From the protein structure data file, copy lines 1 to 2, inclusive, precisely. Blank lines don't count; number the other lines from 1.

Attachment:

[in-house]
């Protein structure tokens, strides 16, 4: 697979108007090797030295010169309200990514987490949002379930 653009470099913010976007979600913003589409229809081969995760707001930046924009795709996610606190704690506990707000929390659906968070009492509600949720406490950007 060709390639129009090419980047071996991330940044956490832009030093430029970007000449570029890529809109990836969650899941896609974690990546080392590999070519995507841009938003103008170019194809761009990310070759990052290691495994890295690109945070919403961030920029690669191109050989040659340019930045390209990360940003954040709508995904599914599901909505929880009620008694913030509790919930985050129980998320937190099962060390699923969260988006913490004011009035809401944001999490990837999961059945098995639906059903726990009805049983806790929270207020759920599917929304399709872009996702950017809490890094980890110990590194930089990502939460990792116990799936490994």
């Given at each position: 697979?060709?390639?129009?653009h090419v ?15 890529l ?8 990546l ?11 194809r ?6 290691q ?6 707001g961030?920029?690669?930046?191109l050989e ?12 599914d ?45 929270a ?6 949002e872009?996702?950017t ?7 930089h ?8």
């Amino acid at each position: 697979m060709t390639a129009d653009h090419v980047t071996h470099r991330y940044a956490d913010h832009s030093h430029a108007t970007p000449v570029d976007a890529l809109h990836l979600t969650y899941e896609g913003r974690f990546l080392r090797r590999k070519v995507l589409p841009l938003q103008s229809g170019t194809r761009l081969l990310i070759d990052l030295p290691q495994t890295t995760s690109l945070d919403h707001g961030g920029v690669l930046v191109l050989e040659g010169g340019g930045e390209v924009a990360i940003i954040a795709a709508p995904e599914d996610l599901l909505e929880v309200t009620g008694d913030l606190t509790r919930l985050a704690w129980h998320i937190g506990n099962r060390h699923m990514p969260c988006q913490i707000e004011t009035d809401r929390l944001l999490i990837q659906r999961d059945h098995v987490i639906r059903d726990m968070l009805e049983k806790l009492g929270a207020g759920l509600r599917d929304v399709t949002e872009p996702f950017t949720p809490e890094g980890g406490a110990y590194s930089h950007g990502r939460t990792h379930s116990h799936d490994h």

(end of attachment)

[in-house]
């Protein structure tokens, strides 16, 4: 697979108007090797030295010169309200990514987490949002379930 653009470099913010976007979600913003589409229809081969995760707001930046924009795709996610606190704690506990707000929390659906968070009492509600949720406490950007 060709390639129009090419980047071996991330940044956490832009030093430029970007000449570029890529809109990836969650899941896609974690990546080392590999070519995507841009938003103008170019194809761009990310070759990052290691495994890295690109945070919403961030920029690669191109050989040659340019930045390209990360940003954040709508995904599914599901909505929880009620008694913030509790919930985050129980998320937190099962060390699923969260988006913490004011009035809401944001999490990837999961059945098995639906059903726990009805049983806790929270207020759920599917929304399709872009996702950017809490890094980890110990590194930089990502939460990792116990799936490994």